Friends of those influenced by the Tetrad will find them deep and faithful in their affections, and always ready to appreciate the good side of others rather than to condemn their weaknesses. Forcefulness, will-power and abstemiousness are also present, although number 4 never produces the dogmatic or intolerant type. Practical occupations rather than those requiring great imaginative powers are most suitable for those under the Tetrad.

Clumsiness and an inclination towards dullness are the chief faults of those influenced by the number 4. They may display a certain lack of initiative and excessive conservatism, which refuses to recognize the unconventional or the extraordinary. In consequence, if these people should find themselves in strange surroundings, they are reluctant to adapt themselves and take long to do so. They may also be rather lacking in personal ideals, and therefore incapable of any really great achievement. Some of the dash and independence of number 3 would greatly assist their progress; combined with their natural attribute of steadfastness, it would help them on their way towards spiritual and material success.

FIVE(5): The Quincunx, the number 5, or the Pentad was regarded by the followers of Pythagoras, as well as by Jewish and Arabic philosophers, as the symbol of health. The Egyptians saw in it a mark of prosperity, but on the whole the Pentad seems universally to have symbolized marriage, fecundity and propagation. This belief probably had its origin in the idea of 5 being the union of 3 and 2, or a male and female number. In ancient Rome, its significance was emphasized by the burning of five tapers during the marriage ceremony. Many heathen religions included prayers asking help from five gods to instill five virtues into the hearts of prospective wives.

Mohammedanism preaches five religious duties - prayer, fasting, purification, alms and pilgrimage to Mecca. Our own scriptures contain many indications that the number 5 seems to have been regarded with a particular significance. Benjamin was given five changes of raiment by Joseph; the latter brought five only of his brothers to Pharaoh; and David chose five smooth stones with which to slay the giant Goliath. Moreover, man possesses five senses - sight, hearing, smell, touch and taste; also five digits on each of his hands and feet.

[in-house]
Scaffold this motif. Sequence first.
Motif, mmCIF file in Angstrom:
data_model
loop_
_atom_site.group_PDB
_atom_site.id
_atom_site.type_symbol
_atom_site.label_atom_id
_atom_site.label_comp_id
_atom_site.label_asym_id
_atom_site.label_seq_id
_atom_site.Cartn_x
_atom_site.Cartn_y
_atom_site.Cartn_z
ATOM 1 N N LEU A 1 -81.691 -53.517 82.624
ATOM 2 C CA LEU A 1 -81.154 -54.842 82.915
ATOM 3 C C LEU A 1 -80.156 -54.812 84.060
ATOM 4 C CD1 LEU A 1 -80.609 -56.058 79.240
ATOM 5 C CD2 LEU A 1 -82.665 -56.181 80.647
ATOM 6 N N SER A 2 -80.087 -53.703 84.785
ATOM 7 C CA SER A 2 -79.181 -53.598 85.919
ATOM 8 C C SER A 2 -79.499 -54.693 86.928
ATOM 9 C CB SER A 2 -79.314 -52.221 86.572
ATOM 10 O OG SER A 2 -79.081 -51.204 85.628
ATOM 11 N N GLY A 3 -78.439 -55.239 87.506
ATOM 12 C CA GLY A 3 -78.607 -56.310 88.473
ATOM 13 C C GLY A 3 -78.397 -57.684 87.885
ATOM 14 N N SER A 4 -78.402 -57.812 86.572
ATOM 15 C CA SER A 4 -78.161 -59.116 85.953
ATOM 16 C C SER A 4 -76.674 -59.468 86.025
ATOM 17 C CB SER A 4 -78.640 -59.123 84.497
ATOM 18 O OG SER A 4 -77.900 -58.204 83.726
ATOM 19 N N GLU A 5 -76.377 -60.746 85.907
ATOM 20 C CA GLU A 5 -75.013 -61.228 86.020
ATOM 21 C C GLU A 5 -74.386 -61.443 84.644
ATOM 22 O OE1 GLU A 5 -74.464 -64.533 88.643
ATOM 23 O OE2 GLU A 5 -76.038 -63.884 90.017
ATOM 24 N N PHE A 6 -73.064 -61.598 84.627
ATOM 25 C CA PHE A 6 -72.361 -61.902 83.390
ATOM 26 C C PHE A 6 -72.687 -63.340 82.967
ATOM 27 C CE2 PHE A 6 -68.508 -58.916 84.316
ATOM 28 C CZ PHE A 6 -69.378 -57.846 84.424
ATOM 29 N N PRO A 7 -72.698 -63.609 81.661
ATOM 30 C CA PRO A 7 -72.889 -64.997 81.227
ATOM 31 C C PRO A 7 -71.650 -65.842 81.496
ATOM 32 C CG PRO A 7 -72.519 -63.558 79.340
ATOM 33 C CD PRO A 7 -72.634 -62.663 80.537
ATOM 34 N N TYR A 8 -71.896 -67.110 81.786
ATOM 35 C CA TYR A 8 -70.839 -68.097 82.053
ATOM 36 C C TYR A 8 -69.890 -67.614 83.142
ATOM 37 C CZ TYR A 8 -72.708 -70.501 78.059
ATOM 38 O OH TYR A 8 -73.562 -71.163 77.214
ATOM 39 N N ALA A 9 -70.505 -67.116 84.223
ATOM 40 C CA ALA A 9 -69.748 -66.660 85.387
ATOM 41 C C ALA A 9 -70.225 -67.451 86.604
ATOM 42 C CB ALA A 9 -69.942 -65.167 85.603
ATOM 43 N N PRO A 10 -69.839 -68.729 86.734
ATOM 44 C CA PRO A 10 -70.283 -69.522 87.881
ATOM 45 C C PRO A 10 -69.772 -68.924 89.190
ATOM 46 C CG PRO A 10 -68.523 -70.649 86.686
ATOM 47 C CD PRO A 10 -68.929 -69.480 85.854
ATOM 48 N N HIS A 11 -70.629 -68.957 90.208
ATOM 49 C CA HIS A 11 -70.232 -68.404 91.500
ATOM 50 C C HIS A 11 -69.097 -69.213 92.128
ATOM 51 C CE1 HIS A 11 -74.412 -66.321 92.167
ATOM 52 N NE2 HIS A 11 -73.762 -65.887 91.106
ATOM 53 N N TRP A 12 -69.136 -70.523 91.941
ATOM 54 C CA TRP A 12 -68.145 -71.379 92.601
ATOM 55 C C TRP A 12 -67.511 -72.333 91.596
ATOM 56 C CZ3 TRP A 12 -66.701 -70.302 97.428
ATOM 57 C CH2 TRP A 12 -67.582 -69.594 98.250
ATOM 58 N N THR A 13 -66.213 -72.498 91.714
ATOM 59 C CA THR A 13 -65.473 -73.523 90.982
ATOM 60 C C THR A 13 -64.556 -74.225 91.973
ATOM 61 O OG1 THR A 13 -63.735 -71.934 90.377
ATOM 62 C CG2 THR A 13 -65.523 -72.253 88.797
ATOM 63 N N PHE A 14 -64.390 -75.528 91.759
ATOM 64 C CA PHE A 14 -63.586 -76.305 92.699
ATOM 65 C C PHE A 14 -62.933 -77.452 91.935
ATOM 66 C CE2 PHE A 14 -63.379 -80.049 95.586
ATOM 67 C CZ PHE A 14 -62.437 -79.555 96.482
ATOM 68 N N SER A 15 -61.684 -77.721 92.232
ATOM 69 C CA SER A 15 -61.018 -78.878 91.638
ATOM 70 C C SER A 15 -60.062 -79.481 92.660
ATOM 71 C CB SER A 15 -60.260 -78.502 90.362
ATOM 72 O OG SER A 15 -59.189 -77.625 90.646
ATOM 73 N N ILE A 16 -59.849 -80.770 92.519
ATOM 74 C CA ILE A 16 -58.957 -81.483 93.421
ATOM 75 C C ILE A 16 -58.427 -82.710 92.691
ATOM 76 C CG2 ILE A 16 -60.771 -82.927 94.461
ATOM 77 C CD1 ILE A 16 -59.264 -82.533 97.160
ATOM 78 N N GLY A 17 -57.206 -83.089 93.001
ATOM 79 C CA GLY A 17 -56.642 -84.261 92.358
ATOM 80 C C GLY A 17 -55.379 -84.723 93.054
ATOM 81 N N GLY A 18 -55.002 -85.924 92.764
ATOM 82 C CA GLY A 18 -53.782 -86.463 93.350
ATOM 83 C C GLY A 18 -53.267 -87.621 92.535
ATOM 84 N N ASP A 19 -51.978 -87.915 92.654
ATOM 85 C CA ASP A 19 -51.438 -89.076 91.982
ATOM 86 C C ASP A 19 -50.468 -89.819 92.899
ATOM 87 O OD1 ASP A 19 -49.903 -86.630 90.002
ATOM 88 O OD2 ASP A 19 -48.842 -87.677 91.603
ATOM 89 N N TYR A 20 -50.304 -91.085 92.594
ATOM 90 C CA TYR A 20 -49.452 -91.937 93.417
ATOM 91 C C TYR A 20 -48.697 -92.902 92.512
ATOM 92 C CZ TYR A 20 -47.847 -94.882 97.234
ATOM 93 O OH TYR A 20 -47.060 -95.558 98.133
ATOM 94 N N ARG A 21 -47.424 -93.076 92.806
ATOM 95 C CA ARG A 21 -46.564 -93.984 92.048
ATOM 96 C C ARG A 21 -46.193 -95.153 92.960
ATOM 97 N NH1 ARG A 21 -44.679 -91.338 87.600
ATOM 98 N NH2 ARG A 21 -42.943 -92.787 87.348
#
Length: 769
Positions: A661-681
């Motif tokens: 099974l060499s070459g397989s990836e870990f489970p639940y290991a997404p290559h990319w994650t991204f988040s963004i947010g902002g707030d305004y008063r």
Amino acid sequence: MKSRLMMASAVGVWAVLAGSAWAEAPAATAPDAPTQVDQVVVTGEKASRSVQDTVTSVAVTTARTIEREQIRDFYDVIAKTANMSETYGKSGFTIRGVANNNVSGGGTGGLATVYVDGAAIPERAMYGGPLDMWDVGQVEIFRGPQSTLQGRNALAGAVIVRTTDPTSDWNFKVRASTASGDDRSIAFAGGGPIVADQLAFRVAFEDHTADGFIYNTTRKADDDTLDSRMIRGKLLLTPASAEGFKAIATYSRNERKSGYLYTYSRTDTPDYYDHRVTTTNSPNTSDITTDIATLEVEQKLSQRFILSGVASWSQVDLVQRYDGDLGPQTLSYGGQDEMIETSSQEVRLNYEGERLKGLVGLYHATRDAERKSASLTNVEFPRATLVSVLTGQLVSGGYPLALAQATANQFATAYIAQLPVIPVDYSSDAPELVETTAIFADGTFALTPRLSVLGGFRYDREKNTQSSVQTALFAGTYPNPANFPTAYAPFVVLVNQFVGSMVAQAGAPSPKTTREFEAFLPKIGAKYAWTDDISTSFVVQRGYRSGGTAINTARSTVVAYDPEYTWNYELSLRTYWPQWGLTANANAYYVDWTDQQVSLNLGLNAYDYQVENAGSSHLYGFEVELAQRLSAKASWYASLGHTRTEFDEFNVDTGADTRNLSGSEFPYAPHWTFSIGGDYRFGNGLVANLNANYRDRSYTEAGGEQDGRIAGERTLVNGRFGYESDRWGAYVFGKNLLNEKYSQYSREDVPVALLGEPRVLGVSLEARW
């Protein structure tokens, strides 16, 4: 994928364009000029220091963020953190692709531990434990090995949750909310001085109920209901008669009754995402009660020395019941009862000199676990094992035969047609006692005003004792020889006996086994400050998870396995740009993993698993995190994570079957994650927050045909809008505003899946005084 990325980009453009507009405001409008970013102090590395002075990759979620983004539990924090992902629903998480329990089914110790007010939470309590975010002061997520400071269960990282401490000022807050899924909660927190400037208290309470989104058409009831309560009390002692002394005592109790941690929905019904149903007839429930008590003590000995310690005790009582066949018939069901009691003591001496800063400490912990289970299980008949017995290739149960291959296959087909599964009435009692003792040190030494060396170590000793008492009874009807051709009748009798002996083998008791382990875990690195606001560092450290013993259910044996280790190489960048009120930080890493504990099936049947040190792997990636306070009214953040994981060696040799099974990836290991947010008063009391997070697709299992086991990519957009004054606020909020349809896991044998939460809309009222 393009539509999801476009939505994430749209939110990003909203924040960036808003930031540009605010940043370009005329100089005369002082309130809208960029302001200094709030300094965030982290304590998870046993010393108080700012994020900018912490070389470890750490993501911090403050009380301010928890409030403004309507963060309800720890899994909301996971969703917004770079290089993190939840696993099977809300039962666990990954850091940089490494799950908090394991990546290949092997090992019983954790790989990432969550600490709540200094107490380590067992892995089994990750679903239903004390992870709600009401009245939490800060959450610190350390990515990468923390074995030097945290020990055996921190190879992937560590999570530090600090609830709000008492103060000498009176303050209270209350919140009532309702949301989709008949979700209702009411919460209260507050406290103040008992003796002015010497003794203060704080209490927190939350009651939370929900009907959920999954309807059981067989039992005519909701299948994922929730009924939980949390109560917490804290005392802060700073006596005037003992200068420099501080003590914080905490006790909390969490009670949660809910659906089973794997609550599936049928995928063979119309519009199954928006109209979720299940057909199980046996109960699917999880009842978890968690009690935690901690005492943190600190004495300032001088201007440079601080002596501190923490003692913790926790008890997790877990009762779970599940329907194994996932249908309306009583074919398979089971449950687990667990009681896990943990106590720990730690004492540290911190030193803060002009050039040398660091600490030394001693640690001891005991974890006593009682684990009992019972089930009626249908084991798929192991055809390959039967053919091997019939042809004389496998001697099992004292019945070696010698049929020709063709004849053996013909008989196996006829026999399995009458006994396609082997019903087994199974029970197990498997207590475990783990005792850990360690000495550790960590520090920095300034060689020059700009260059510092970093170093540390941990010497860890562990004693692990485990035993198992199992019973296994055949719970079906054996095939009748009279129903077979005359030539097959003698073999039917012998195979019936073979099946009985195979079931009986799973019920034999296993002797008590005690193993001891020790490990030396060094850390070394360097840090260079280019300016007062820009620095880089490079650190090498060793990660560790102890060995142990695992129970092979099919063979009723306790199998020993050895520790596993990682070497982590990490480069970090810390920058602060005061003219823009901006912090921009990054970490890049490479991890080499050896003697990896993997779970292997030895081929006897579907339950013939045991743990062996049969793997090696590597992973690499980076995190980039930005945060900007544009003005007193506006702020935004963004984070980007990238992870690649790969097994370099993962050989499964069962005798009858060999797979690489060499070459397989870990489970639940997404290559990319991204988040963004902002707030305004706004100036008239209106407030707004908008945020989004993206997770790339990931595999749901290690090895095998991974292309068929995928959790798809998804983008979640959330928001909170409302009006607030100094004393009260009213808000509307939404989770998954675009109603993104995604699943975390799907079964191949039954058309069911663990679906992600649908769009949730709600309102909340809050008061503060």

The pentad is represented geometrically by a regular, five-sided plane figure or else by a pyramid. It also takes the shape of a five-pointed star, which is one form of the ancient Seal of Solomon.

Character Influences: Dash and adventure characterize the 5 type. It signifies a very vivacious spirit and an aptitude for undertaking many and varied tasks - although not necessarily with great success. Courage in face of difficulties is generally displayed, while the bodily and mental health are unusually good. Those under the Pentad have many passionate love affairs, for they are very susceptible; but they also make gay and amusing companions to those of their own sex. They are seldom disheartened by adverse circumstances, for they can find happiness and amusement in the most unexpected places. They are very responsive to the feelings of others, and are quick to grasp the significance of a situation and act accordingly. Great explorers and travellers are usually produced by the number 5.

Irresponsibility and rashness are among the adverse significances, and these two faults may be the cause of much unhappiness to others. Although probably sincere at the time, people of the 5 type may embark upon a love affair which they are quick to bring to an end upon meeting a new and perhaps more fascinating companion. They are often lacking in concentration and unable to attend to urgent and commonplace affairs. In consequence, they are sometimes condemned as being unreliable or even untrustworthy. These faults do not lie deep, however, and are the result of thoughtlessness rather than ingrained perversity. The placid and steadying influence of number 2 can do much to counteract the faults of number 5.